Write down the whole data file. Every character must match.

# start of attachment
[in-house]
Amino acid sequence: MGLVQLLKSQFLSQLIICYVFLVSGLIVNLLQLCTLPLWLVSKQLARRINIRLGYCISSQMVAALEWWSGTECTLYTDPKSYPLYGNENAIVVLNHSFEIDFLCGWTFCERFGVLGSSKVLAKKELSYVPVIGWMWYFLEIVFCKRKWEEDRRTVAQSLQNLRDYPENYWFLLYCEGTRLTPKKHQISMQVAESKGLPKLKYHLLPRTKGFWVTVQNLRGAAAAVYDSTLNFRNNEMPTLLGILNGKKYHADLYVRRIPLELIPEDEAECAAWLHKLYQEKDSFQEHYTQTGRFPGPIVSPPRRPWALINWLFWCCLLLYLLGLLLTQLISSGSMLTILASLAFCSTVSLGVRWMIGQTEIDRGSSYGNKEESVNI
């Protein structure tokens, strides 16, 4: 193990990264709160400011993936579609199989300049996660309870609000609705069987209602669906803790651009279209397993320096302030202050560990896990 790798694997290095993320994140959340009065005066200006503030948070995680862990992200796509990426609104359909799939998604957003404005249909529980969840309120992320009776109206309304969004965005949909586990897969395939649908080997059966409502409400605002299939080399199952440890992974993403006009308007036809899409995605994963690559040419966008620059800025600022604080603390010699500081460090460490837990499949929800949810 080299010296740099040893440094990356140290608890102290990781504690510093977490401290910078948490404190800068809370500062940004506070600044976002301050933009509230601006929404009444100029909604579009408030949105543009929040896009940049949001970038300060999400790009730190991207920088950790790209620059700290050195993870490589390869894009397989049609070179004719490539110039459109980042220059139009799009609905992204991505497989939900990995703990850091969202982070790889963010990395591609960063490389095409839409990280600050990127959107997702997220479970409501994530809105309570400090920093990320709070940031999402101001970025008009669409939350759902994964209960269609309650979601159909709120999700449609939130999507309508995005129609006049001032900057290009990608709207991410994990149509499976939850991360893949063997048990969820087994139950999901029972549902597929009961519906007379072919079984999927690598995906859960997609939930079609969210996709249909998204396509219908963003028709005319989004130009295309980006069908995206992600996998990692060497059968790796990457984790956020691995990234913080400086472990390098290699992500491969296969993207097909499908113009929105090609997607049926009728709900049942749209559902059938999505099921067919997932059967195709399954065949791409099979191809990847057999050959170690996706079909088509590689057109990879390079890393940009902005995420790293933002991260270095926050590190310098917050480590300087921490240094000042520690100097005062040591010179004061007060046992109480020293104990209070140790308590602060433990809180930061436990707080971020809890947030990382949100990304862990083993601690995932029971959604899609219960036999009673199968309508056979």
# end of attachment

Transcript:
[in-house]
Amino acid sequence: MGLVQLLKSQFLSQLIICYVFLVSGLIVNLLQLCTLPLWLVSKQLARRINIRLGYCISSQMVAALEWWSGTECTLYTDPKSYPLYGNENAIVVLNHSFEIDFLCGWTFCERFGVLGSSKVLAKKELSYVPVIGWMWYFLEIVFCKRKWEEDRRTVAQSLQNLRDYPENYWFLLYCEGTRLTPKKHQISMQVAESKGLPKLKYHLLPRTKGFWVTVQNLRGAAAAVYDSTLNFRNNEMPTLLGILNGKKYHADLYVRRIPLELIPEDEAECAAWLHKLYQEKDSFQEHYTQTGRFPGPIVSPPRRPWALINWLFWCCLLLYLLGLLLTQLISSGSMLTILASLAFCSTVSLGVRWMIGQTEIDRGSSYGNKEESVNI
């Protein structure tokens, strides 16, 4: 193990990264709160400011993936579609199989300049996660309870609000609705069987209602669906803790651009279209397993320096302030202050560990896990 790798694997290095993320994140959340009065005066200006503030948070995680862990992200796509990426609104359909799939998604957003404005249909529980969840309120992320009776109206309304969004965005949909586990897969395939649908080997059966409502409400605002299939080399199952440890992974993403006009308007036809899409995605994963690559040419966008620059800025600022604080603390010699500081460090460490837990499949929800949810 080299010296740099040893440094990356140290608890102290990781504690510093977490401290910078948490404190800068809370500062940004506070600044976002301050933009509230601006929404009444100029909604579009408030949105543009929040896009940049949001970038300060999400790009730190991207920088950790790209620059700290050195993870490589390869894009397989049609070179004719490539110039459109980042220059139009799009609905992204991505497989939900990995703990850091969202982070790889963010990395591609960063490389095409839409990280600050990127959107997702997220479970409501994530809105309570400090920093990320709070940031999402101001970025008009669409939350759902994964209960269609309650979601159909709120999700449609939130999507309508995005129609006049001032900057290009990608709207991410994990149509499976939850991360893949063997048990969820087994139950999901029972549902597929009961519906007379072919079984999927690598995906859960997609939930079609969210996709249909998204396509219908963003028709005319989004130009295309980006069908995206992600996998990692060497059968790796990457984790956020691995990234913080400086472990390098290699992500491969296969993207097909499908113009929105090609997607049926009728709900049942749209559902059938999505099921067919997932059967195709399954065949791409099979191809990847057999050959170690996706079909088509590689057109990879390079890393940009902005995420790293933002991260270095926050590190310098917050480590300087921490240094000042520690100097005062040591010179004061007060046992109480020293104990209070140790308590602060433990809180930061436990707080971020809890947030990382949100990304862990083993601690995932029971959604899609219960036999009673199968309508056979």